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Kanga, Firdaus (b. 1959)  
 
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While an explicit gay presence in Indian literature can be detected as early as 1924, in "Chocolate," a Hindi short story by Pandey Bechan Sharma, Firdaus Kanga is the first Indian author, writing in any language, to produce a novel with a gay protagonist. He is not only a pioneer in Indian gay fiction, but he has also explored the intersection of two kinds of marginality: that based on being a member of a sexual minority and that based on being a disabled person.

Born in Bombay (as it was then called) in 1959, Kanga has had the incurable condition of osteogenesis imperfecta since birth. The condition is caused by a mutation in genes due to which the bone-forming collagen tissue is not synthesized properly. This results in extremely brittle bones and stunted growth. He stopped growing when he attained a height of four feet.

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Kanga belongs to the Parsi community, which fled from Persia centuries ago but is now a dramatically dwindling community in India. The Parsis of Mumbai are known for their deep Anglophilia and for their tendency to regard themselves as "reluctant Indians."

Denied a physically active life accessible to an able-bodied man, Kanga built around himself a universe of literature, populated by gay writers such as James Baldwin and E.M. Forster and by English female novelists such as Iris Murdoch.

Kanga initially studied law, but gave it up to pursue journalism, a course of study in which he excelled.

Kanga's preferred genre for literary expression is the short story, and his first efforts were tragic stories. Indeed, his breakthrough autobiographical novel Trying to Grow (1990) started life as a short story. He entered the story in a competition one of the judges of which was the novelist Amitav Ghosh.

Kanga won the contest and then set about expanding the short story into a novel. Trying to Grow charts the life of Darius Kotwal (nicknamed "Brit" because of his condition of brittle-bones, although the name also functions as a marker of Parsi Anglophilia) from the time he is eight to the time he attains adulthood. The novel addresses several binaries, each pair intensifying the other. The principal binaries are Indian/Parsi, able-bodied/disabled, and straight/gay.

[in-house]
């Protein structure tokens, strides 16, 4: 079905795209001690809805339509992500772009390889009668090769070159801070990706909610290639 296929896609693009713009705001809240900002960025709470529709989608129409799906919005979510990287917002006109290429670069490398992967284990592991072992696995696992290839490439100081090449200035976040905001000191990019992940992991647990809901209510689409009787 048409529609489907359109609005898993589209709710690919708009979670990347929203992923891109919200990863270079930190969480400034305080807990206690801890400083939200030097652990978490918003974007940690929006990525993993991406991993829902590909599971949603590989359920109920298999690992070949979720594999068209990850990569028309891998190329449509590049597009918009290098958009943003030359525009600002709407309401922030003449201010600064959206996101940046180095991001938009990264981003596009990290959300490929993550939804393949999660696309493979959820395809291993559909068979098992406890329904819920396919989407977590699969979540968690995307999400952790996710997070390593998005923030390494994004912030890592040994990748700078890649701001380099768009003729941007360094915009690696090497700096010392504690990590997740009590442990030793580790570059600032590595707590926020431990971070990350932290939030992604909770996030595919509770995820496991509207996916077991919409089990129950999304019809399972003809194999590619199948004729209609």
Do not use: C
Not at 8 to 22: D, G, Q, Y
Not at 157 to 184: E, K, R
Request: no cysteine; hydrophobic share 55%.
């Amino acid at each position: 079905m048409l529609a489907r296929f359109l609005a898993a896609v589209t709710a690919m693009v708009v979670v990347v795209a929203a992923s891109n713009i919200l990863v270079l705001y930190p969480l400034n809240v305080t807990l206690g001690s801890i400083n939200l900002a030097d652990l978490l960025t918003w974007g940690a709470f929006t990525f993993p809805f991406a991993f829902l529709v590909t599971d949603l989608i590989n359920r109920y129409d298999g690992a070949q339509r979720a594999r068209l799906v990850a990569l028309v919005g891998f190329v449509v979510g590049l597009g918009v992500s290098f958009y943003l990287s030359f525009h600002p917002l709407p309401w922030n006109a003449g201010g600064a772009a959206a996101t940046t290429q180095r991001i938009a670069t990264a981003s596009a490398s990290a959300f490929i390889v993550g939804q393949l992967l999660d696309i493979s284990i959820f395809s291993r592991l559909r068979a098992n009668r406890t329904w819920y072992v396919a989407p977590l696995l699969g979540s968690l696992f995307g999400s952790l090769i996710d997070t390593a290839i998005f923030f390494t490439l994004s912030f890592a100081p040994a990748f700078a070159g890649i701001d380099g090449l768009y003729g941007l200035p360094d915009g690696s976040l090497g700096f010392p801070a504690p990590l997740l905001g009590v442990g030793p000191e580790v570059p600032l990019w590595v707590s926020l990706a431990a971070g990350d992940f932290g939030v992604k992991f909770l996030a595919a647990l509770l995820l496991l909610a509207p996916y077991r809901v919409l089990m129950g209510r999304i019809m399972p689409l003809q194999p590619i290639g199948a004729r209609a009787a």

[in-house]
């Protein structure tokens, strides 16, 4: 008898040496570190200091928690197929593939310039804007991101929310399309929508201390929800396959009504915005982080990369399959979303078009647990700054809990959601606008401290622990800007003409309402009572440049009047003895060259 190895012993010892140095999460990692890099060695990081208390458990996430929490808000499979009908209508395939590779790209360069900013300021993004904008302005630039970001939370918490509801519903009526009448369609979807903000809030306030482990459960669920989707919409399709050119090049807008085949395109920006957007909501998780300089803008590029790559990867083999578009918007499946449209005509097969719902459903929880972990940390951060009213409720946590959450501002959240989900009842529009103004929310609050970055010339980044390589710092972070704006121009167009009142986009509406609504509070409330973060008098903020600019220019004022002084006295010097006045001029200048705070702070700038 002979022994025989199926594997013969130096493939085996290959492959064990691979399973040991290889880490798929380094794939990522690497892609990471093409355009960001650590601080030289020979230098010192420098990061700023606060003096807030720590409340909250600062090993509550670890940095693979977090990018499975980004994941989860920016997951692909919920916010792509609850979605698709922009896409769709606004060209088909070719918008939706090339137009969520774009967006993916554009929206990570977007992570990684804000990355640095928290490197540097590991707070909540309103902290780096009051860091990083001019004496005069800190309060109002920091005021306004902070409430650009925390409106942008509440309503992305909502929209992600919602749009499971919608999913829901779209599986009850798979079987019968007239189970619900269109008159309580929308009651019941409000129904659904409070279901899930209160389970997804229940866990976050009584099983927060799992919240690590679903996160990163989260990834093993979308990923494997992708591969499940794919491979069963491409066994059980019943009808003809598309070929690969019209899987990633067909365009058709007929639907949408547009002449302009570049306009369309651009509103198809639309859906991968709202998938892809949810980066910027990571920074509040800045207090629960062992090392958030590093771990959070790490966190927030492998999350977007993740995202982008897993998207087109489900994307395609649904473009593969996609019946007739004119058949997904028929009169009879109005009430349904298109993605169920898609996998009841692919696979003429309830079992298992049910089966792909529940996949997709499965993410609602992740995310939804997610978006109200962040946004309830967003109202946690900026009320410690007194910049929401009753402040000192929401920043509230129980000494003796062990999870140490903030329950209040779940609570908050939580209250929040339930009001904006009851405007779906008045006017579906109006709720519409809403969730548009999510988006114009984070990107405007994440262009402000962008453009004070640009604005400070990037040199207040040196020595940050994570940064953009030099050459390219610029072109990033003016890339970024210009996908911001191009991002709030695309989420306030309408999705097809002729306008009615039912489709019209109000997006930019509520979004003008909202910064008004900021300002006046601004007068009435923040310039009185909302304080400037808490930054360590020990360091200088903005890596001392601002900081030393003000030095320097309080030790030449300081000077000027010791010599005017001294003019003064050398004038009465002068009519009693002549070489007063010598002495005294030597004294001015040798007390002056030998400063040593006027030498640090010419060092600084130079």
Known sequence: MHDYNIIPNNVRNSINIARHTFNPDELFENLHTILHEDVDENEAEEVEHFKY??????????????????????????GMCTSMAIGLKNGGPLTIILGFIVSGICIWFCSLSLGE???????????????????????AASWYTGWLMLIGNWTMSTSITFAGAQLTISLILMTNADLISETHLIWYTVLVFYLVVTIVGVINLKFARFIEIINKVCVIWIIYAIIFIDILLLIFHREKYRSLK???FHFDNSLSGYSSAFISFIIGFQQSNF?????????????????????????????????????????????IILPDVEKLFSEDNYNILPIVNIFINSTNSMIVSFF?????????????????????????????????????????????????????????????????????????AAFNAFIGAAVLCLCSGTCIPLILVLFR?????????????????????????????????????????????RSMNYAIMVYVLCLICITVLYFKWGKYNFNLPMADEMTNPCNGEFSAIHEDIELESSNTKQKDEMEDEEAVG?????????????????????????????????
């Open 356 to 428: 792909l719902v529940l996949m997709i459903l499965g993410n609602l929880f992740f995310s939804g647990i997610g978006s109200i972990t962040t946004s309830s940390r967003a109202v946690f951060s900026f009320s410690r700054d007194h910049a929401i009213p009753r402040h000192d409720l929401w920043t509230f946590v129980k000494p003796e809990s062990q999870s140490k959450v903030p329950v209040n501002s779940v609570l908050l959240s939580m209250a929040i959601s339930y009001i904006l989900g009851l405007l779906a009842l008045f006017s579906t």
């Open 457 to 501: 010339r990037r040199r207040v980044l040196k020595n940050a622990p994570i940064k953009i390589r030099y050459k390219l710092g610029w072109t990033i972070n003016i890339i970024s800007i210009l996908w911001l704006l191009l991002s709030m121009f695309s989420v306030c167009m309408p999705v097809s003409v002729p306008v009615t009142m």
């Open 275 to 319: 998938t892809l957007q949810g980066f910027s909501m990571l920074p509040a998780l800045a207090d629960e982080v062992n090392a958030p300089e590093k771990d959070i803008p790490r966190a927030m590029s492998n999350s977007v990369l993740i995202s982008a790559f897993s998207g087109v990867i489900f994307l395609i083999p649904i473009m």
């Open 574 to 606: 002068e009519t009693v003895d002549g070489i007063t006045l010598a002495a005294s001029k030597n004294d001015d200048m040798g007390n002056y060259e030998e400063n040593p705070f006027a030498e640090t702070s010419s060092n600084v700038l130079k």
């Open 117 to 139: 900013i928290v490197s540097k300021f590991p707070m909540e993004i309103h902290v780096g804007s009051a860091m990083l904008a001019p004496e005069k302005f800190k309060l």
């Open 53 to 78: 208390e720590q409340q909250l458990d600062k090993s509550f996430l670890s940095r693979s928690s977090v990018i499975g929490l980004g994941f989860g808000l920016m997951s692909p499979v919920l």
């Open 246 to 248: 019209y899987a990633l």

Although Brit's sexuality is initially shown to develop along normative lines, his sexual attraction to the handsome Cyrus soon becomes apparent. The novel documents Brit's sexual confusion. He seems torn between his attraction towards Ruby, Tina, and, later, Amy--Cyrus's girlfriend--on the one hand and towards Cyrus on the other. However, the greater force of Brit's homosexual attraction is signaled in a scene where he caresses Amy's hair, pretending it is Cyrus's. Brit tries to convince himself of his supposed love for Amy, but his real attraction to her is only because her body has been the site of sexual pleasure for Cyrus. He subsequently tells Amy that he is "into boys."

Originally published in India, Trying to Grow garnered international attention when it was issued in a British edition by Bloomsbury.

Trying to Grow has since been made into a British film entitled Sixth Happiness (1997, directed by Waris Hussein), for which Kanga wrote the screenplay and in which he plays the role of Brit Kotwal.

In 1991 Kanga published Heaven on Wheels, an account of his travels around England, his adopted cultural and literary homeland. He had always intended to vacation in London. The publisher Bloomsbury's decision to publish Trying to Grow gave him another reason to take the longed-for London holiday.

Although Heaven on Wheels is ostensibly a travelogue, Kanga's homosexuality pervades the narrative. For instance, at the office of his publisher he drops "hints about [his] homosexuality" by "being enthusiastic about gay writing, Edmund White and Alan Hollinghurst and Paul Bailey." On meeting Bailey, Kanga is entertained with anecdotes about various writers, among them Christopher Isherwood.

While in England Kanga watches his first gay film--Harvey Fierstein's Torch Song Trilogy (1988, directed by Paul Bogard)--which he thinks is "as schmaltzy as a Parsee wedding," poses like Truman Capote for a photograph, and finally buys a copy of the book he has been looking for since he was sixteen: Gore Vidal's The City and the Pillar (1948). He also pays tribute to Oscar Wilde while passing through Reading.

Heaven on Wheels witnesses to literature's crucial role in shaping gay identity, even when that identity is formed at a geo-cultural location far removed from the one where that literature is produced.

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